It is for the Prosecution to prove that the Defendant either imported the item or was concerned in its importation.

The point as to whether or not a childlike sex doll is an obscene or indecent item was challenged at Canterbury Crown Court.

In that case, lawyers for the defendant had argued the doll was not covered by the law.  His Honour Judge James dismissed the argument, saying “any right-thinking person” would find the doll obscene.  This decision may raise the interesting question of where we draw the line regarding obscenity. However, for the purposes of this specific offence (i.e. childlike sex dolls) it is difficulty to disagree with the Judge in that case.

Some further information about what constitutes an obscene article can be found here.

The prosecution has issued some guidance on the considerations prior to bringing proceedings.  These can be found here.

Sentencing Guidelines

There are no sentencing guidelines for this offence. The maximum sentence is seven years. The reported cases so far seem to be attracting sentences of around two years, although clearly each case must be judged on its individual facts.

Further Thoughts

As it stands, possession of a childlike sex doll on its own is not an offence. There must be proof of importation. If the item was manufactured or warehoused in the UK prior to purchase, the purchaser has not committed an offence.

Considering the level of press interest that this offence has now received, we might have expected Parliament to address this issue with legislation by now.  Of course, other more pressing issues are tying up the time of Parliament.

An alternative view, however, is presented by Juliet Grayson, chair of the Specialist Treatment Organization for the Prevention of Sexual Offending (StopSO). StopSO is a charity which prevents sexual offending through therapy. She has suggested that just as methadone is used to treat recovering heroin addicts, childlike sex dolls can be used to treat paedophiles

This view raises a number of questions as to how it would be managed. If it is closely monitored, assists in the rehabilitation of an offender and prevents re-offending (much like the methadone example that she gives) it must be worth consideration.

On a final note…

It occurs that while possession of such an item is not illegal, a photograph of one could be. If the doll is, for example, photographed naked it could be argued that that photograph then constitutes a ‘pseudo’ indecent image of under the Protection Act 1978.

Contact an expert criminal solicitor for advice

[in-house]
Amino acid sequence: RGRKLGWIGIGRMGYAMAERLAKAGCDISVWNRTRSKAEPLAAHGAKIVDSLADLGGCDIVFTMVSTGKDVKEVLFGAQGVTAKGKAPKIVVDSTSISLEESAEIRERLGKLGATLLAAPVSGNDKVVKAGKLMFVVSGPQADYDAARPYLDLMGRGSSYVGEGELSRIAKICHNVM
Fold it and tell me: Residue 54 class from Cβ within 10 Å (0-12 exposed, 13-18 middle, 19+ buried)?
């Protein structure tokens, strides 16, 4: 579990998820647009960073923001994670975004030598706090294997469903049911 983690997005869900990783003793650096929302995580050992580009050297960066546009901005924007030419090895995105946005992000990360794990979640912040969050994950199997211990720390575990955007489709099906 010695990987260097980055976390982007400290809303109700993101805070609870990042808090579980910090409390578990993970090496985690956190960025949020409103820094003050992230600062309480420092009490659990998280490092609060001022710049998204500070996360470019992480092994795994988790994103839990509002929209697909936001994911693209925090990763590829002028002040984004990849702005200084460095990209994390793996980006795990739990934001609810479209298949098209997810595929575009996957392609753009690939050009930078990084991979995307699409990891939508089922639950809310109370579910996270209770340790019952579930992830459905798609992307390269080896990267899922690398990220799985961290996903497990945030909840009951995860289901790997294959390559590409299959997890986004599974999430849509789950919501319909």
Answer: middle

VHS Fletchers is one of the few solicitors’ firms in the country who has the experience of representing a client charged with this offence.

The law is complicated and the potential consequences of a prosecution severe.

As a result, if you are arrested or know that the police wish to speak to you about an offence relating to the importation of an obscene article make sure you insist on your right to free and independent legal advice.

The advantages of such early legal advice can be found here.

If you have already been interviewed or face court proceedings we can still make a real difference to the outcome of your case.  Legal aid may well be available to fund your defence at court.

 You can find your nearest office here.

childlike sex doll
VHS Fletchers offices across the East Midlands

Alternatively you can use the contact form below:


Final weeks of work placement at Nottingham Law Centre

Newly qualified regulatory solicitor Elliott Moulster, based at our Ilkeston office spent a period pre-qualification on secondment to Nottingham Law Centre.

You can read more about his placement here and here.

nottingham law centreElliott was certainly kept busy during the final two weeks of his placement.  During his time there he had become a valued member of the Law Centre’s Welfare Benefits Department.

He continued to progress a significant number of welfare benefits cases.  Elliott was now in a position to provide advice to many vulnerable clients who required assistance.  There were plenty of calls to be made and letters to be written to the DWP,  This was combined with his attendance and assistance at community events.

Housing Law Duty Scheme

In addition to continuing with the valuable welfare benefits work, Elliott also had the opportunity to experience some housing law.  He attended Nottingham County Court with one of the housing solicitors, Anne Downey who was undertaking work under the Housing Duty solicitor scheme.  Elliott was impressed how, much like a criminal duty solicitor,  Anne was able to provide detailed and accurate advice in a very short period of time.

Since Elliott was given the above opportunity, he also spent a great deal of time familiarising myself with various aspects of housing law. This included

  • court procedure
  • the eviction process, and
  • possible defences to eviction.

nottingham law centreElliott’s most memorable piece of work happened on his very last day at Nottingham Law Centre. The Housing Department had a case in which they had to prove a defendant’s right to reside in the UK. Elliott drafted submissions to the court as to the individual’s right to reside.

This work followed similar submissions that Elliott had made on the topic to the Social Security Upper Appeal Tribunal.  In that case his representations had been approved and appreciated by the judge due to them being accurate but concise. Although the nature of the work is such that instructions are received at the last minute, he was able to prepare and deliver the submissions in the nick of time.